It took me a lot of renewing to get through both books. The print was miniscule, and I found if I wasnt careful, my eyes could go a bit unfocused, and I would miss few sentences. With Holmes, that meant I went back to read things again two or three times, every ten pages or so. It didn’t matter, though, because I was in love, for the first time, with something that wasn’t  human being or a cat. London of the late 1800’s was familiar, somehow, while still romantically filled with ladies in fine dresses, hansom cabs, men in 3-piece suits, and criminals/crimestoppers who actually used ingenuity to outwit one another, rather than just mowing one another down with guns. It was maybe an odd source of escapism for a pre-teen/teenaged girl, but don’t teenagers feel at the height of their angst, that they were born in the wrong body, the wrong decade, the wrong century, and the wrong world? I wanted to be Sherlock Holmes and was also fascinated with him and his world.

But, there was a problem, initially, with putting my heart into these stories: there were a finite number of them. It was exciting, in a way, because there was no waiting for the author to write their next book or even for a new episodes to come out next week. The stories were written more than a century ago, so they were all ready and waiting for me to read. The other edge to the sword was that a complete body of work meant that you knew from the beginning that your days with this new source of entertainment were numbered, in pages and how slow you could force yourself to read them while still satisfying your desire to cram all the stories and conversations into your head at once. You could read them again and again (and I did), but there would only be that first time once, and even after the rereads, you would soon know the stories too well for re-reading them that fourth or fifth time to have any thrill. What then?

Frederic Dorr SteeleLuckily, with over a hundred years of Sherlock Holmes fans behind me, I wasn’t the first person to have this problem. In the ’70’s, ’80’s, and ’90’s, when there were people rediscovering Holmes through new editions and through the quite well-done BBC series starring Jeremy Brett, what were folks to do, when there were no new stories to read? They joined clubs (the most notable of which was The Baker Street Irregulars) to talk about the stories, they wrote analyses of the stories and of Arthur Conan Doyle, and the fans who were often accomplished mystery writers in their own right turned to perhaps the oldest outlet of the creative fan: fan-fiction. It wasn’t called that, of course – rather, pastiches, parodies, satires, homages, reimaginings, and retellings. Nevertheless, that’s what it was and what it remains.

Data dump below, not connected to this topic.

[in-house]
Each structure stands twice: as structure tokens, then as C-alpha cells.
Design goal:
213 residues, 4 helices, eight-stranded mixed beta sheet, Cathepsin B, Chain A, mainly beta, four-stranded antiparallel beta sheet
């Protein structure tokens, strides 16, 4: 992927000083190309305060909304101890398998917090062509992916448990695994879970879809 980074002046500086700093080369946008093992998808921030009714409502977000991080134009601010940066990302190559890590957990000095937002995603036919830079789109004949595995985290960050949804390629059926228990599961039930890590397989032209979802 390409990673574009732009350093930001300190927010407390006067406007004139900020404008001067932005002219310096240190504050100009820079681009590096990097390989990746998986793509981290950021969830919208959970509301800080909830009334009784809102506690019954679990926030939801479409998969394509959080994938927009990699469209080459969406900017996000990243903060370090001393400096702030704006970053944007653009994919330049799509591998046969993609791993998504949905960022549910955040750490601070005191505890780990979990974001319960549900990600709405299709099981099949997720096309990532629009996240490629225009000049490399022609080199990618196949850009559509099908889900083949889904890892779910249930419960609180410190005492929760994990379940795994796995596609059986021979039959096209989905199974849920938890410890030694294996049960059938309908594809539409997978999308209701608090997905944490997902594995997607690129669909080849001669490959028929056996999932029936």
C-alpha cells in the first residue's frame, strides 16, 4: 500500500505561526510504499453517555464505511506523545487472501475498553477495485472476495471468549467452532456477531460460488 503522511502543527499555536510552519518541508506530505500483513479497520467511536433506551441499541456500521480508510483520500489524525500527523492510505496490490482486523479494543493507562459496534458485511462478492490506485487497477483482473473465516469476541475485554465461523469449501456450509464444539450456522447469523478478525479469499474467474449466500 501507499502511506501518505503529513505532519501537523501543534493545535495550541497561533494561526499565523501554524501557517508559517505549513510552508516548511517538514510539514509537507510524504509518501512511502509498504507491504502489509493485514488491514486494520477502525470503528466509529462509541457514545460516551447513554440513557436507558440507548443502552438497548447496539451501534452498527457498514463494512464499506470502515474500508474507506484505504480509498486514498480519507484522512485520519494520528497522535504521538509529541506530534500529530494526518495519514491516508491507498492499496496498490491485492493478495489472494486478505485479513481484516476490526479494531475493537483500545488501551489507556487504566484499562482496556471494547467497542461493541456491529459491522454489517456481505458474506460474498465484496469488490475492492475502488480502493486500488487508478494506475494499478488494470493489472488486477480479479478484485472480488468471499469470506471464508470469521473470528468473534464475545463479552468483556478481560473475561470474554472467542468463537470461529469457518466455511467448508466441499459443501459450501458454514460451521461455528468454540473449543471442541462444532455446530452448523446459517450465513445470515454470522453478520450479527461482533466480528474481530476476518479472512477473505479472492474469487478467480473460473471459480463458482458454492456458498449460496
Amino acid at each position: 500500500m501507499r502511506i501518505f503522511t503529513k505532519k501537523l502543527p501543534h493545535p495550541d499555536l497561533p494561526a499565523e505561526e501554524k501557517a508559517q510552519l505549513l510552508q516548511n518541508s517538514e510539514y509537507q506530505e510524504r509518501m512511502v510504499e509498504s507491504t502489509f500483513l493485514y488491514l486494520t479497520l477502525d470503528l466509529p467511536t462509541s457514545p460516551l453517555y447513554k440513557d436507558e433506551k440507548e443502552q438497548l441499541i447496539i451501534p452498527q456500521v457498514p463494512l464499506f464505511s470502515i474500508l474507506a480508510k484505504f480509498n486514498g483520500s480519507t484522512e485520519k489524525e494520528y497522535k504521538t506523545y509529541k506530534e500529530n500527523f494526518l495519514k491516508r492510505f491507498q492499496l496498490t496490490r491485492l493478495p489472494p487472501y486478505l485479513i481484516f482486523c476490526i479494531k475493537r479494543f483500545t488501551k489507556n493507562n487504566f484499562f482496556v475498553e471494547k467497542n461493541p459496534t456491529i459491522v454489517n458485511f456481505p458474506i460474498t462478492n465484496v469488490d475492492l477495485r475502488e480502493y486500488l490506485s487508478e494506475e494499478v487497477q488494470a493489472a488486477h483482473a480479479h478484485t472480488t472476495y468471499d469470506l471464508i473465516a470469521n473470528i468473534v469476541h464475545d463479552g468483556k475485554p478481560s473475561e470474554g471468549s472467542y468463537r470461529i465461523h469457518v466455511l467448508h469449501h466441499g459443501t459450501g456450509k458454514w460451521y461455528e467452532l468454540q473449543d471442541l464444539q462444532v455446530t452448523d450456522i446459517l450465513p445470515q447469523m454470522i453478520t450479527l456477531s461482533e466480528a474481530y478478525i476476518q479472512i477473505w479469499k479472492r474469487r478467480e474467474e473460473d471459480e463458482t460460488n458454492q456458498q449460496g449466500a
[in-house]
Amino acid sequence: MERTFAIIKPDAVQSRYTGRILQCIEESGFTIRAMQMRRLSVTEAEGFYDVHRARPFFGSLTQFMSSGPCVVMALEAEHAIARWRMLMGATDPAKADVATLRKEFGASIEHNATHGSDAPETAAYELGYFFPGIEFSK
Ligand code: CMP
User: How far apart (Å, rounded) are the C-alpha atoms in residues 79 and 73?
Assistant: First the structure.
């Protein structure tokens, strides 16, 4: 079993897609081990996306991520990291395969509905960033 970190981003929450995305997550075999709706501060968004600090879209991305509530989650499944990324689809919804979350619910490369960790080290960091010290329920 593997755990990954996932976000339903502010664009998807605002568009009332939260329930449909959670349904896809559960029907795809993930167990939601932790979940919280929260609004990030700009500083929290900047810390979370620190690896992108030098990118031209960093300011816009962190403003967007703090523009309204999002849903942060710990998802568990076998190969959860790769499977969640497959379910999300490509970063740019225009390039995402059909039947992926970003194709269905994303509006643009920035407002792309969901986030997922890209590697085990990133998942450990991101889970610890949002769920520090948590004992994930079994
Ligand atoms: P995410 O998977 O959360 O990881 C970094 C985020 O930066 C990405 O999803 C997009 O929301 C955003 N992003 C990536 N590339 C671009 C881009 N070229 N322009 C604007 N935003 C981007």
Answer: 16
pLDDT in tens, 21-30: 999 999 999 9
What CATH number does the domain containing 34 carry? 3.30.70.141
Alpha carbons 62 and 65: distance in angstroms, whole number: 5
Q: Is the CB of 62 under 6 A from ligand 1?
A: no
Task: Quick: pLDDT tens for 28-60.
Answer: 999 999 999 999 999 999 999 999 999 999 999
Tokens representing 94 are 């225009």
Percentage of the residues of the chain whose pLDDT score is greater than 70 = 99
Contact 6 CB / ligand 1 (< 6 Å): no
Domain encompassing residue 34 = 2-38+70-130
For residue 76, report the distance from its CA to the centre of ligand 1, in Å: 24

Let me tell you, discovering this mountain of riffs on the Holmesian world to tackle was exhilarating, probably not unlike finding ten thousand dollars under your mattress when your bank account has 2 dollars left in it – thank god, I can live for a long time on this, if I’m careful. I definitely wasn’t careful, though. What fan is? I blazed through the works of Larry Miller, Quinn Fawcett, Laurie R. King, and ten or twenty more authors (which isn’t even counting the anthologies with their collections of twenty or thirty short stories), without any regard for the supply chain running dry. I read some pretty silly stuff. The one my friends always made fun of me for was a truly horrible piece of writing called Sherlock Holmes vs. Dracula. If anything, all that novel did for me was solidify my dislike of anything involving vampires. My ambition ran out before the books, luckily, and in the last few years, I’ve gotten rid of all but 4 of my re-imagining books, plus a 3-volume series of the original stories that I picked up for myself after checking out the two-volume set from my library for the 2nd time. Before a couple months ago, I had compartmentalized my fandom to writing one academic paper tangentially about Holmes and seeing the fun but very silly movie adaptations starring Robert Downey Jr. and Jude Law.

Then came Sherlock.